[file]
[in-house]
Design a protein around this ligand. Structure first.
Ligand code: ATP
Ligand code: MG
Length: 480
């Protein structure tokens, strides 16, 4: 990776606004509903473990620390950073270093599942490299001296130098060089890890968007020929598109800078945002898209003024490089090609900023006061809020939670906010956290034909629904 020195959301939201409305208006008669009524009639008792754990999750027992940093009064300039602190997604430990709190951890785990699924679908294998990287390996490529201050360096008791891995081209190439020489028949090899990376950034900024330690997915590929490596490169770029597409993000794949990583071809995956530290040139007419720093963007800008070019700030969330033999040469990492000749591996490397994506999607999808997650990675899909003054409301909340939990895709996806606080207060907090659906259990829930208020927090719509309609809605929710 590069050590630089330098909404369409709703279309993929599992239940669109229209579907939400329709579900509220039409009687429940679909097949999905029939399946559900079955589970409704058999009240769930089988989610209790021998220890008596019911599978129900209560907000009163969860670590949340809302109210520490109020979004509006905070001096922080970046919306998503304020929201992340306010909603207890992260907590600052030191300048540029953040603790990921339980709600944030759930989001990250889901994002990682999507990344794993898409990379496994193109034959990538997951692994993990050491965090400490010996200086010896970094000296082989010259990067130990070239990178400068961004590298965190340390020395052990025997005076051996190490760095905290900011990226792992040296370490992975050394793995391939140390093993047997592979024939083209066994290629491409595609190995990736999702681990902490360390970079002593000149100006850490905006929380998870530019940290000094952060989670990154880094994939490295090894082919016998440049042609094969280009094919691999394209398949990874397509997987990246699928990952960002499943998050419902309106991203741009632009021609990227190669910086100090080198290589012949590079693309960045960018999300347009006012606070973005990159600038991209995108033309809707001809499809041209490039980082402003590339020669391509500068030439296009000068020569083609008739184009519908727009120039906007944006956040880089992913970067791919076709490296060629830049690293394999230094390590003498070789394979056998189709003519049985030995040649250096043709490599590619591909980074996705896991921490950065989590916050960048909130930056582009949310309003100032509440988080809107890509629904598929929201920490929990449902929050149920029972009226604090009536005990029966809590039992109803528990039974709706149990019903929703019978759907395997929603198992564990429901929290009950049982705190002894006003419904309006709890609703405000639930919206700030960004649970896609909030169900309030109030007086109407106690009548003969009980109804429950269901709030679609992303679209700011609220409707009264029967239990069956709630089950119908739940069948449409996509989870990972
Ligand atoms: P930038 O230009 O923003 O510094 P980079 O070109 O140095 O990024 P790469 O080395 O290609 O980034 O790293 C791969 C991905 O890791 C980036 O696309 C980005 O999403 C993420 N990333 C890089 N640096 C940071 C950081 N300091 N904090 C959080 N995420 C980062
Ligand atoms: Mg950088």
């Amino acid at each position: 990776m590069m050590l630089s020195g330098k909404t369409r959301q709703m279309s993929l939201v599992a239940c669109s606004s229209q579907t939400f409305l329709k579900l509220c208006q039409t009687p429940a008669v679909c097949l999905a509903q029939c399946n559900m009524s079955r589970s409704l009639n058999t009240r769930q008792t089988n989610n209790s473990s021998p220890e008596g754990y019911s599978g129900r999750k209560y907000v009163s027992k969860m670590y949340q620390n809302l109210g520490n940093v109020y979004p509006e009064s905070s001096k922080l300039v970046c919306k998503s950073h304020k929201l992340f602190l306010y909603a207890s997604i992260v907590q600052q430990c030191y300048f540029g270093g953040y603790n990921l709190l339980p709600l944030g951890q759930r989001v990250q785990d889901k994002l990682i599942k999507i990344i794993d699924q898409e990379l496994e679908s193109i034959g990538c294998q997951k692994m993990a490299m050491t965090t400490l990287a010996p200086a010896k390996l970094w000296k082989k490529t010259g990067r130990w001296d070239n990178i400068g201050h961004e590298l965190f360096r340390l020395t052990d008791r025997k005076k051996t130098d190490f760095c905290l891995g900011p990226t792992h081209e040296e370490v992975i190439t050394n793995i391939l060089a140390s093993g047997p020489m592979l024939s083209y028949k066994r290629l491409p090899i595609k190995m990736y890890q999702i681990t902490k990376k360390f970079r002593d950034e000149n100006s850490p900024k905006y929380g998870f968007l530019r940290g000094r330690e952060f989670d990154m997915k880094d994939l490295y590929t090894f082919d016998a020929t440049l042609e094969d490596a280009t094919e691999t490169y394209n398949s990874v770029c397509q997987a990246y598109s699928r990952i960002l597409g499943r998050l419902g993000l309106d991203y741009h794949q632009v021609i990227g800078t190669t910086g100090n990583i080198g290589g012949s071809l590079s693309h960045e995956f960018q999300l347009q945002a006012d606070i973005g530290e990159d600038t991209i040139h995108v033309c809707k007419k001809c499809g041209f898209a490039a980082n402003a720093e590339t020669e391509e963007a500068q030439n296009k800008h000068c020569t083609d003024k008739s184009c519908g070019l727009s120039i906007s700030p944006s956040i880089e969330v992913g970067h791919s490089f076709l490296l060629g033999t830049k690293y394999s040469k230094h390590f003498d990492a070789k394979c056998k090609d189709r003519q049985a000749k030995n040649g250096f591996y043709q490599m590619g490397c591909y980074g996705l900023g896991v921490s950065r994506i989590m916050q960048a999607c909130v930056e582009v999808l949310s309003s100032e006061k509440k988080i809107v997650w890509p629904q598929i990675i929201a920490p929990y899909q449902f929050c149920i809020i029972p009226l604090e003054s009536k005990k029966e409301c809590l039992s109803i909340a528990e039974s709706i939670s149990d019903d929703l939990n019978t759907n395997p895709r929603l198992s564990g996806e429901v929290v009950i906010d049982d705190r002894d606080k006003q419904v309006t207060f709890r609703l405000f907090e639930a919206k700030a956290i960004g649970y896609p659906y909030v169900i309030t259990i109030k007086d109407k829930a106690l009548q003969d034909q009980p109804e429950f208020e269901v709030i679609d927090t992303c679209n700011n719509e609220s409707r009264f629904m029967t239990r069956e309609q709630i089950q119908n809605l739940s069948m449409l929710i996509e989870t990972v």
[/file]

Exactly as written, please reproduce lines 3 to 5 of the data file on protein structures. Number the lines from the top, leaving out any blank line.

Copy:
Ligand code: ATP
Ligand code: MG
Length: 480